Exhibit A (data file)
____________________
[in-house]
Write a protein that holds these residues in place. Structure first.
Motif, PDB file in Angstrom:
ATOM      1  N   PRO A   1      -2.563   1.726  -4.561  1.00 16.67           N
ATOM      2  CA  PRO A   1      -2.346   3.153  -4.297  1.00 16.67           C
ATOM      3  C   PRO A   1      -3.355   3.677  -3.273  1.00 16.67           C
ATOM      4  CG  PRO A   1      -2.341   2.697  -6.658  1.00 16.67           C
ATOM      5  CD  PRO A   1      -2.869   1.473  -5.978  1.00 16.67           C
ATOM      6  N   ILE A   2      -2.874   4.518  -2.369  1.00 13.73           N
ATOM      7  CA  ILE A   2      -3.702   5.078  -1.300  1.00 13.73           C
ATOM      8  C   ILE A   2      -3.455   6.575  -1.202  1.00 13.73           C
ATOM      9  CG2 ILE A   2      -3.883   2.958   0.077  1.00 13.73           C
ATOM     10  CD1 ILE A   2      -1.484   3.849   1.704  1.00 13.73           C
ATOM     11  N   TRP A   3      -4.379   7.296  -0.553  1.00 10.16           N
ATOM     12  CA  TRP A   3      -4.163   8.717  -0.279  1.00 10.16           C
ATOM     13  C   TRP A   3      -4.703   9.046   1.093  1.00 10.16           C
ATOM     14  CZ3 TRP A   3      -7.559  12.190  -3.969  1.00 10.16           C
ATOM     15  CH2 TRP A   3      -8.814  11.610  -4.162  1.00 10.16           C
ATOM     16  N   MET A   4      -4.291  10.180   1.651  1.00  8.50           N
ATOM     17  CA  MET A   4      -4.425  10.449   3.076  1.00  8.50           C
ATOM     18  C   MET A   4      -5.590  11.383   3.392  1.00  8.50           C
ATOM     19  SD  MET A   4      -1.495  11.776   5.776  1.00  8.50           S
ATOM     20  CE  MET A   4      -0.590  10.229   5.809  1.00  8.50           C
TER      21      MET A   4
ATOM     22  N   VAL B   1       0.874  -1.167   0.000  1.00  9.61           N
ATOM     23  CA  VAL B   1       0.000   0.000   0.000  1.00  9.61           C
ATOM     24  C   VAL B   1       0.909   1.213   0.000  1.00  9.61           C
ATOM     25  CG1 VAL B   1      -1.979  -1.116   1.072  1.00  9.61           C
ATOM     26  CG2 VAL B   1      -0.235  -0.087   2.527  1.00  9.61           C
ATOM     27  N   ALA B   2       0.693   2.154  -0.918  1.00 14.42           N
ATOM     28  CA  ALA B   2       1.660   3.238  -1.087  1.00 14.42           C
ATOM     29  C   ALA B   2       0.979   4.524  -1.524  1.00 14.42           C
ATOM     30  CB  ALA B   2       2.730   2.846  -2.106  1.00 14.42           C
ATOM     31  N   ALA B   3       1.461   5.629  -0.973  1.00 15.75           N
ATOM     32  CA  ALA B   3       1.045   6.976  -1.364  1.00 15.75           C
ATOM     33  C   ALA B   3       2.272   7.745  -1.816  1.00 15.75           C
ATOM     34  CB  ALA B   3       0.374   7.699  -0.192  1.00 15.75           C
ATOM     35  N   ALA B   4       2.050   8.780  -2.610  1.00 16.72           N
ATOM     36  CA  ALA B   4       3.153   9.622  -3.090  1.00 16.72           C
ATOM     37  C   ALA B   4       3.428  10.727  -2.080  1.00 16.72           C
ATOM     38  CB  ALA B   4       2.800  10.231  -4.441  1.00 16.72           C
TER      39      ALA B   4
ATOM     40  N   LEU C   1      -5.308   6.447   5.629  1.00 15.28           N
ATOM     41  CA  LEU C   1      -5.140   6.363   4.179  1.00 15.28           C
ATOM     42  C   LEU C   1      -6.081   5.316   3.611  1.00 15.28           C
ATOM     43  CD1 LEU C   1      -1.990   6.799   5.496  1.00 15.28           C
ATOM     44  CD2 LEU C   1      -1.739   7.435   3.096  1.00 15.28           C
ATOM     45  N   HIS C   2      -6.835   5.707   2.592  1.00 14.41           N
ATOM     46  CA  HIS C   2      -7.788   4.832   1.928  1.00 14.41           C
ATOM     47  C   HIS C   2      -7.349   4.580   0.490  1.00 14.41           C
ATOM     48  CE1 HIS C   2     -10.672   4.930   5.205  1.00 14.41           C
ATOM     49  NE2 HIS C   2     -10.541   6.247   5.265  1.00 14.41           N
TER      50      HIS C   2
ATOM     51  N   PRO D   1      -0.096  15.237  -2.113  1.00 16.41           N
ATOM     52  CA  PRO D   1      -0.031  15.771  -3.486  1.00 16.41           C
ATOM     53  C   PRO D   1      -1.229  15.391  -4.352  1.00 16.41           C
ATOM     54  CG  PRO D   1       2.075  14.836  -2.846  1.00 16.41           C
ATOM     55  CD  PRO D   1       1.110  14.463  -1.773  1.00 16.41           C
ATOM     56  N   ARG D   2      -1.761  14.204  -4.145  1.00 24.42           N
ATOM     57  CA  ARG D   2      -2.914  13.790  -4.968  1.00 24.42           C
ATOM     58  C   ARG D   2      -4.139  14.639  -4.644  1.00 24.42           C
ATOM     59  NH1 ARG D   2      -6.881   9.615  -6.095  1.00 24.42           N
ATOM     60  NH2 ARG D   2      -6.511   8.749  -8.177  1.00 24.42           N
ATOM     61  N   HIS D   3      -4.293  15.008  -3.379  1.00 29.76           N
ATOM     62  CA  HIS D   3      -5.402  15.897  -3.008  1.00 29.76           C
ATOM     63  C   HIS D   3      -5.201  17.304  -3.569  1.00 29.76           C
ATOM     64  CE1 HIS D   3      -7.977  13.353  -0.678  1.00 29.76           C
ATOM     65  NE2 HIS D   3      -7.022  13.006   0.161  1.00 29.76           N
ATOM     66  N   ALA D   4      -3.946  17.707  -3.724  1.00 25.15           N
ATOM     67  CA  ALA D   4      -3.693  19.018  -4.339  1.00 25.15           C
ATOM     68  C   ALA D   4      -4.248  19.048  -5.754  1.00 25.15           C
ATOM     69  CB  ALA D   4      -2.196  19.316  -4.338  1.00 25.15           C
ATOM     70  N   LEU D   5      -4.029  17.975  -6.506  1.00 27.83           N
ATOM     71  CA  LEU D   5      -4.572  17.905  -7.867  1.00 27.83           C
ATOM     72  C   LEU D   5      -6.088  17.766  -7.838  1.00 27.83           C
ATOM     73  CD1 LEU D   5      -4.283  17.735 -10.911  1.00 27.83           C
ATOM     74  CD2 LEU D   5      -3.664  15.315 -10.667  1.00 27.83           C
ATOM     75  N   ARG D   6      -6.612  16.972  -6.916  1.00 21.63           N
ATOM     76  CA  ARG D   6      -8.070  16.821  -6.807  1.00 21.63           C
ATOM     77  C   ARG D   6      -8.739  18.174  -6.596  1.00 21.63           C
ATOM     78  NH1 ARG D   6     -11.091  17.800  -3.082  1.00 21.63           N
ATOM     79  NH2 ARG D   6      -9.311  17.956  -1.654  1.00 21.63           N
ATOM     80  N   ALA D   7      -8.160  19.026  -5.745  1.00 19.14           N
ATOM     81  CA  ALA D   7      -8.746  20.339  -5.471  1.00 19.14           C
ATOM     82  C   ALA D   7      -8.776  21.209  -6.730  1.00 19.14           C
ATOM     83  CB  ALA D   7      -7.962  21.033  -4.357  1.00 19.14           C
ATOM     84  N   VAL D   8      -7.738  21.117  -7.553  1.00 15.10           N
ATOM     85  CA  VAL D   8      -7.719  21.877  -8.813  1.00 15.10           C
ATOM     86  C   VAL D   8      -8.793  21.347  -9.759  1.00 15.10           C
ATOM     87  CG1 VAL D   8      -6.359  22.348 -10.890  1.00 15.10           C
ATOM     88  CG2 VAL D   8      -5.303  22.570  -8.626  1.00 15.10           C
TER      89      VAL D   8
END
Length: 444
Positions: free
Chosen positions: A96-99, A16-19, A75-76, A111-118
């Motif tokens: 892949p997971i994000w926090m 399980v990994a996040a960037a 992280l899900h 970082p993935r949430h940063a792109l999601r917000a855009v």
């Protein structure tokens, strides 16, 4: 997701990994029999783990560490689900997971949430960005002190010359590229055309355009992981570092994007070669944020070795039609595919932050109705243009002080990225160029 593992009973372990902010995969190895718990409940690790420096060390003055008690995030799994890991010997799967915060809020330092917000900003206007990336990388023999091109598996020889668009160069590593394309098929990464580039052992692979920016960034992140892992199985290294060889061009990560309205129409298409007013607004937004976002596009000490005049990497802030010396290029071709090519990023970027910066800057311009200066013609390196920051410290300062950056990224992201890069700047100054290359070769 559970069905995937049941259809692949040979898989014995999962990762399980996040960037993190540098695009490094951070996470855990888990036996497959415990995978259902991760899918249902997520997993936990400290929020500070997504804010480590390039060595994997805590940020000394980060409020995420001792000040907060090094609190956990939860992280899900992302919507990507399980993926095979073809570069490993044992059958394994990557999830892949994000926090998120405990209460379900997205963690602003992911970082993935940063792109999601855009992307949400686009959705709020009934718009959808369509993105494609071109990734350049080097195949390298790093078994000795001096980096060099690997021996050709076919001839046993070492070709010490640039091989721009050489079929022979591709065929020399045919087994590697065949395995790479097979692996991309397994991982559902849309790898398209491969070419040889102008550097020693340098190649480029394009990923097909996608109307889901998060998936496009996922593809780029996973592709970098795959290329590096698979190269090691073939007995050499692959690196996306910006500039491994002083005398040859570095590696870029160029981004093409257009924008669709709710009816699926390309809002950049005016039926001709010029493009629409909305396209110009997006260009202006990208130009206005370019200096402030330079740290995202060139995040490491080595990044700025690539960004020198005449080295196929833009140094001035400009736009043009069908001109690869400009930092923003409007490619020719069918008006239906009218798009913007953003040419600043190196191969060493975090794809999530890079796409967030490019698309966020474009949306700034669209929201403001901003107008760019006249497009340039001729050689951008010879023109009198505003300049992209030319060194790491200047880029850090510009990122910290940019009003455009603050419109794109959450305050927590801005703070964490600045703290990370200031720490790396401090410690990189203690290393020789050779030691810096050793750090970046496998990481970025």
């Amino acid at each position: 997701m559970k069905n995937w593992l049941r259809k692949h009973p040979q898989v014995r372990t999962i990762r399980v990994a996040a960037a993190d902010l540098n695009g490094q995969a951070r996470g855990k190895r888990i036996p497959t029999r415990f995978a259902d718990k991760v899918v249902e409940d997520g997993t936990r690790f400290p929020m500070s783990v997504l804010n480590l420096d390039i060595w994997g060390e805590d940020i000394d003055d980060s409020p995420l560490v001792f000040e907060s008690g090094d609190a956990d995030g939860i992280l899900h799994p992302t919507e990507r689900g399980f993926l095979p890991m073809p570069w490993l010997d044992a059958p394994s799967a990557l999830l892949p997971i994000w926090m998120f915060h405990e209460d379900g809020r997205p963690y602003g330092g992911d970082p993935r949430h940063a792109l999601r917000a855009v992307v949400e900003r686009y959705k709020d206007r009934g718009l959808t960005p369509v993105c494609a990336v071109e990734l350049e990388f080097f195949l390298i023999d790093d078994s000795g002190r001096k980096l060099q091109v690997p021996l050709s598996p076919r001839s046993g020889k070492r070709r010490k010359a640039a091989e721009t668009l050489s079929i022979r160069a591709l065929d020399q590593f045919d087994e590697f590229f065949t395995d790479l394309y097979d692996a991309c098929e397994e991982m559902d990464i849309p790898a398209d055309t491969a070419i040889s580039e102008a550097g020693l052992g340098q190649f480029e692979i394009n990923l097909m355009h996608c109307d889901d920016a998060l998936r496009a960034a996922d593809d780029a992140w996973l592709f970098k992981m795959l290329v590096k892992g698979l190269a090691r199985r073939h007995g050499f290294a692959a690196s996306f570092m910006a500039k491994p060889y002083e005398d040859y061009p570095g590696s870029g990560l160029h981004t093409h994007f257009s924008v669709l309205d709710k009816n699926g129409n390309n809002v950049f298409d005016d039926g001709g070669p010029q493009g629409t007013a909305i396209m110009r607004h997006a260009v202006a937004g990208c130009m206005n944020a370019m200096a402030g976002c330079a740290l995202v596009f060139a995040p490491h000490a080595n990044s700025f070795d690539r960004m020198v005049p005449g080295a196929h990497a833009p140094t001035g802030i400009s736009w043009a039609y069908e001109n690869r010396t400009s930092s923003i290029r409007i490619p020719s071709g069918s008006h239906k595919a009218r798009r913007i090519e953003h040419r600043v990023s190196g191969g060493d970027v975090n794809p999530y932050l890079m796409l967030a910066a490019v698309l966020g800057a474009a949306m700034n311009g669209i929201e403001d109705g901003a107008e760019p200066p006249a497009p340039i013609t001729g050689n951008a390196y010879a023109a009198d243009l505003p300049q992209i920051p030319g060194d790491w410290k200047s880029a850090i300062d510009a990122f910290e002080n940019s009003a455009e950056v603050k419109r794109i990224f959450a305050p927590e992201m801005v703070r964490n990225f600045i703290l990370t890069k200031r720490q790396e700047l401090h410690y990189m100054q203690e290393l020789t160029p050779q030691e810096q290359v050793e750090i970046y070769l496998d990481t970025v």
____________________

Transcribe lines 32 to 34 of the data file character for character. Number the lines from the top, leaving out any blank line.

ATOM     29  C   ALA B   2       0.979   4.524  -1.524  1.00 14.42           C
ATOM     30  CB  ALA B   2       2.730   2.846  -2.106  1.00 14.42           C
ATOM     31  N   ALA B   3       1.461   5.629  -0.973  1.00 15.75           N